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With two UK number one hits (Broken wings, I see the moon) and two other UK top ten hits (Close the door, Twenty tiny fingers) - and there would have been more had record sales charts started earlier in the UK - the Stargazers were very popular in the days prior to the rock'n'roll takeover of pop music. Apart from their own hits, they backed Dickie Valentine on Finger of suspicion (a number one UK hit) but you have to buy a Dickie Valentine compilation for that - it's not here.
The music is typical of the early fifties - easy listening with a few novelty songs. Most of the songs are of American origin, though Happy wanderer is a German song - it was a major UK hit for the Obernkirchen children's choir. The Stargazers couldn't compete with that although their version crept into the UK chart for one week while the original was in the charts for six months.
There are covers of four Guy Mitchell songs (Feet up, My truly truly fair, Look at that girl, Day of Jubilo) as well as covers of songs by Jo Stafford (A-round the corner), Rosemary Clooney (Mangos), Perry Como (Hot diggity) and Frankie Laine and Doris Day (Sugar bush).
The Stargazers eventually disbanded but two of their members went on to greater success. Cliff Adams became a radio broadcaster and also became leader of the Cliff Adams singers. Although they only had one minor UK hit, they were very popular for many years. Dick James had two UK top twenty hits of his own (Robin Hood, Garden of Eden) before becoming a successful music publisher. His company published Elton John's early classics.
This compilation is a reminder of how good the Stargazers were in the early fifties and it's not difficult to see why they were so popular.
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on 22 August 2004
Exclusively. They didn't do much before or after. The Stargazers are very much a relic of the decade when novelty hits like theirs filled the NME Top 12 and beyond.
Another compilation in budget label Spectrum's admirable line of 'oldies' re-issues. This time, the 78/45 output in the 50s by Brit male/female vocal group the Stargazers from the Decca label makes a CD debut.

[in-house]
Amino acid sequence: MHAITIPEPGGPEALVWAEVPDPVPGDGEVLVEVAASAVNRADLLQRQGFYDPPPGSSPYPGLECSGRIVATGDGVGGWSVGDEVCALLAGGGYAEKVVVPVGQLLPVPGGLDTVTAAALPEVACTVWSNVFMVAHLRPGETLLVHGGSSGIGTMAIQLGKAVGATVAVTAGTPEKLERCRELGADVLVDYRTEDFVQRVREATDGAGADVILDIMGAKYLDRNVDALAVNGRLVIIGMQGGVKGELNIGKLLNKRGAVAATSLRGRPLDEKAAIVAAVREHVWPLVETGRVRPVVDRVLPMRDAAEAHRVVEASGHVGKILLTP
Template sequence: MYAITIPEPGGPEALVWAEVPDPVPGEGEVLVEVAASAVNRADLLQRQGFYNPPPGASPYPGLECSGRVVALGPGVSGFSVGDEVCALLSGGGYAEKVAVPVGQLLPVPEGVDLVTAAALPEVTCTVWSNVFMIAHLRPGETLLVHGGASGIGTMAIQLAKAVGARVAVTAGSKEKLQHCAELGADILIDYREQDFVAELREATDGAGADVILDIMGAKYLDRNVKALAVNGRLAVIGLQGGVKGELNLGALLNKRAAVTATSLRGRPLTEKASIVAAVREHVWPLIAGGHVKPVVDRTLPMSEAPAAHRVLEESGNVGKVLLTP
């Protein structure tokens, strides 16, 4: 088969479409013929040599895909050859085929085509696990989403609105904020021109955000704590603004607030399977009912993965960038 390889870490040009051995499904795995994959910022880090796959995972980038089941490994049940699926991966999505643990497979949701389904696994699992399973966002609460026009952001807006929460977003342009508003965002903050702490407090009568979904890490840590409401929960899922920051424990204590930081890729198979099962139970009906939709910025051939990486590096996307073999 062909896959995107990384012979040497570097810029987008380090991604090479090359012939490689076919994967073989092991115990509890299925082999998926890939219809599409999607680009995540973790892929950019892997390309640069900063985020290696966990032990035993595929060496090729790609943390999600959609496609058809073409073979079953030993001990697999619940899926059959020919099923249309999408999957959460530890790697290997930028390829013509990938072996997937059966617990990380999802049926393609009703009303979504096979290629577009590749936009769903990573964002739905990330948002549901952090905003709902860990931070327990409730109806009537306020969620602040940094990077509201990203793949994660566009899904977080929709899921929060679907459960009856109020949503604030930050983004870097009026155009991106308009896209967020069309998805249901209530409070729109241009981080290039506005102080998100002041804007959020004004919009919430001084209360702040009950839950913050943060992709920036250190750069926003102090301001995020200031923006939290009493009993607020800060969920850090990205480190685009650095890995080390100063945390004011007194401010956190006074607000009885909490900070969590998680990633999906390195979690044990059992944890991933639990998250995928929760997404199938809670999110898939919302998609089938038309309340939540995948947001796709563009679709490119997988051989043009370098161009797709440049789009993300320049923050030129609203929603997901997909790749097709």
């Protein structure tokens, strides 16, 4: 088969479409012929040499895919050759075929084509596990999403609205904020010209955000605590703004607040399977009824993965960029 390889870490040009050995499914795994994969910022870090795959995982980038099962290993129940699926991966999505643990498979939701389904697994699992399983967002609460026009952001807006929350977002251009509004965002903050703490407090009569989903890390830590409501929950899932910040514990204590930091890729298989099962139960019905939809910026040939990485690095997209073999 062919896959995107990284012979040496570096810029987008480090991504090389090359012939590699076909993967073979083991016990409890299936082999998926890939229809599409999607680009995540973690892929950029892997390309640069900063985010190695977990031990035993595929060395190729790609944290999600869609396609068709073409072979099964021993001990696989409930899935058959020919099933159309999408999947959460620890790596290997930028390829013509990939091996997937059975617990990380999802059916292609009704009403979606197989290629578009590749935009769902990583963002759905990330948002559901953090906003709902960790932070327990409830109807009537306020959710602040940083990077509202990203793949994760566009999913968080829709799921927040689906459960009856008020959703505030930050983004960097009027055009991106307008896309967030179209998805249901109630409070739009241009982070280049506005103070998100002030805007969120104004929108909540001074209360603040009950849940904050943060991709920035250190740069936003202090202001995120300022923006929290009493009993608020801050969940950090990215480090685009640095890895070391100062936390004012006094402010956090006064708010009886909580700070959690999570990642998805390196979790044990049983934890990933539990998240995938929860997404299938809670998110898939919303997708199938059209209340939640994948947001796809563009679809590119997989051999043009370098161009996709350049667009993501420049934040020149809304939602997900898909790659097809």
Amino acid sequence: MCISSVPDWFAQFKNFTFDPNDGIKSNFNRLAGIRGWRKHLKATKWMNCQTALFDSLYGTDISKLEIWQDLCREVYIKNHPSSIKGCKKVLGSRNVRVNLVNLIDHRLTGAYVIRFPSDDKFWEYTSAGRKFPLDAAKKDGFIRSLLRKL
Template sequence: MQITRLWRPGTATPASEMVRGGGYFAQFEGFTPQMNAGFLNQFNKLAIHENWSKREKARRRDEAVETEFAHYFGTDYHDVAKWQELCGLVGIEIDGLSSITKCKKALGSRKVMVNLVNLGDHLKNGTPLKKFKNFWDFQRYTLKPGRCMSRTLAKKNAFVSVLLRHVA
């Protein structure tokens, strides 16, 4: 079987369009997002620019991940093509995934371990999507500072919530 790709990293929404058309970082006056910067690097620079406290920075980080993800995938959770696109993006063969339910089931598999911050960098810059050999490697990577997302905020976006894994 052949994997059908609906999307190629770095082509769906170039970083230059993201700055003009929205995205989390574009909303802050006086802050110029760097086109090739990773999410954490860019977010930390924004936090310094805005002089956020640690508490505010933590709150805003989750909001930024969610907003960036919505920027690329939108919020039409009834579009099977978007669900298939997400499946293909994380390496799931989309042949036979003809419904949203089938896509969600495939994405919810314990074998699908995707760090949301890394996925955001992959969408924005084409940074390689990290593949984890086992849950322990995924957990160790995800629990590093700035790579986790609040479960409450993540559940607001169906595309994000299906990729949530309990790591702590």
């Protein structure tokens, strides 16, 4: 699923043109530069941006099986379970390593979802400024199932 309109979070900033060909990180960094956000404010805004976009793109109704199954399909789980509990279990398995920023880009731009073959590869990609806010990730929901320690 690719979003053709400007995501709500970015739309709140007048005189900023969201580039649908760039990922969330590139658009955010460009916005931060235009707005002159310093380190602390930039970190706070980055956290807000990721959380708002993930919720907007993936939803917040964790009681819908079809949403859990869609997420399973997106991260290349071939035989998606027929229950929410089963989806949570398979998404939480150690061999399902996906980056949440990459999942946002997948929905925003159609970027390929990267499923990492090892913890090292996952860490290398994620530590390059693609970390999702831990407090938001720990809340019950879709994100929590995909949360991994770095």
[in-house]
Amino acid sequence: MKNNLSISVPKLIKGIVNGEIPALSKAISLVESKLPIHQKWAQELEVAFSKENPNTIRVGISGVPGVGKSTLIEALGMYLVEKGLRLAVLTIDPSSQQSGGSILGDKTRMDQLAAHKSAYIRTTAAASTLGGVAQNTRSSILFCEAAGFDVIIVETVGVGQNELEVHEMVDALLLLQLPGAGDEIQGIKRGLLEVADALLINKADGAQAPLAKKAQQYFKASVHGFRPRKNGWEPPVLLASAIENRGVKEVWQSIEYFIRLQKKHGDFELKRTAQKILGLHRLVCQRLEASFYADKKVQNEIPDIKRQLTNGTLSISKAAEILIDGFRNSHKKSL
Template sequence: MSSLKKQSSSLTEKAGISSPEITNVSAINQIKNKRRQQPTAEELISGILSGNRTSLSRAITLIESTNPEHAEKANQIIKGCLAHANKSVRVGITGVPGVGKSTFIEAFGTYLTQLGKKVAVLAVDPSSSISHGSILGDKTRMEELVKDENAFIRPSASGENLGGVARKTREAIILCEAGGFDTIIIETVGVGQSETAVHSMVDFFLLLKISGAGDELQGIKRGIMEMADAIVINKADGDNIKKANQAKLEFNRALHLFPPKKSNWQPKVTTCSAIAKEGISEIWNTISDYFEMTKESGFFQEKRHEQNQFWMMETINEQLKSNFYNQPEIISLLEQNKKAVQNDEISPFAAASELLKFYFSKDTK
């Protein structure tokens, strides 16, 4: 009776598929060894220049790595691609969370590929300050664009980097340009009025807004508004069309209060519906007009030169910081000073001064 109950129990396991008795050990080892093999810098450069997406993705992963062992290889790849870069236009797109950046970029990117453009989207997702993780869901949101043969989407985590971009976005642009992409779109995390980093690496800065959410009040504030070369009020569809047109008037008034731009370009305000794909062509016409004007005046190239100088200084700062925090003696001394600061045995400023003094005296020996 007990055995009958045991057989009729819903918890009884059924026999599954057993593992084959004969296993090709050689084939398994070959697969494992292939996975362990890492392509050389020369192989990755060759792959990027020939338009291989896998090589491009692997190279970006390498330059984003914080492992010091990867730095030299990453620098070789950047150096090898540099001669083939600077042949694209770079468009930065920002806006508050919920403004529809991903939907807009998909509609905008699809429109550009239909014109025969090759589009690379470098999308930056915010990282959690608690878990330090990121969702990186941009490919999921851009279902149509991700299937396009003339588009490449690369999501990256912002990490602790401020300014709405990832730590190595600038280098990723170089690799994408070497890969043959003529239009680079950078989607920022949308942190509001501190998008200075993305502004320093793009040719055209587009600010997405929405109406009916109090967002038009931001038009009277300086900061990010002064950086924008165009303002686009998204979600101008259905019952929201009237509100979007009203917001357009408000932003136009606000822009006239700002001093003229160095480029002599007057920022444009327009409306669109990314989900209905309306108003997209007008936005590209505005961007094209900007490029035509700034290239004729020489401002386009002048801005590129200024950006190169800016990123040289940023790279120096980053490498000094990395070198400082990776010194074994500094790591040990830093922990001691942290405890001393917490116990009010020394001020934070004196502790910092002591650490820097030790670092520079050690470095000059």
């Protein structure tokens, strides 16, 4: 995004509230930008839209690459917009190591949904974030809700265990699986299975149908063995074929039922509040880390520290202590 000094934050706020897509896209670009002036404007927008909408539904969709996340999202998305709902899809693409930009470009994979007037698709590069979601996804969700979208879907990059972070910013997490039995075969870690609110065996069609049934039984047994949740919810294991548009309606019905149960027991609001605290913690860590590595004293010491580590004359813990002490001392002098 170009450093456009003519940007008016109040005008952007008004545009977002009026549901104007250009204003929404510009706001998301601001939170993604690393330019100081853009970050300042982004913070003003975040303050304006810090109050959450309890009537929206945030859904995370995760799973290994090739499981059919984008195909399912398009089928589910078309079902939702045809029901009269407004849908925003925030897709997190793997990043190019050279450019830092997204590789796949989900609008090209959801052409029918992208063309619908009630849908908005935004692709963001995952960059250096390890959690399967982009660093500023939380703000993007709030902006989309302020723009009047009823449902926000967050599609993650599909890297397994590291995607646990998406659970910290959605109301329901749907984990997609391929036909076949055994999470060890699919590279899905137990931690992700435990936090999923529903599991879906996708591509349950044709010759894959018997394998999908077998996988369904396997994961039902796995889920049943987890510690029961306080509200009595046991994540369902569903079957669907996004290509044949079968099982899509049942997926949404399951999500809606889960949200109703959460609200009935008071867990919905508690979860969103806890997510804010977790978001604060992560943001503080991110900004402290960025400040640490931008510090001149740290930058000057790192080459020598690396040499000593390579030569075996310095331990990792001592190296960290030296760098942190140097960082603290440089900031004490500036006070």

On this CD collection you get 18 cuts from those days, spanning 1951 to 1957, and the master tapes are used as usual to give it that clear, bright sound (although some of the early ones sound a bit 'fuzzy'!). Impressively, it covers all their hits, although bear in mind they only had nine. They may have had more if you take into consideration the fact they released singles from May 1950 (thank you Colin and Ossie in the sleevenotes) and that official singles sales UK charts didn't start until late 1952.
Packaging then - a nice design suited to the group, no pictures of them, which is a shame, but as the lovely sleevenotes by Colin Morgan and Ossie Dales tell us their line-up was constantly changing. The information provided on them by Colin and Ossie is very informative and a great introduction to an act who were a big part of British light entertainment in the 50s.
Indeed, they made chart history - their cover of the American hit Broken Wings was the first British chart topper by a British act. Well done, guys, although personally I think this is one of the worst #1s of the 1950s, if not all time. Simply morbid and funereal. Horrible. However, on the technical side of things - why does the sleeve state it is with Dickie Valentine when it clearly isn't? Well, it just can't be - he released his own version of it at the time. I thought the makers of this CD knew better.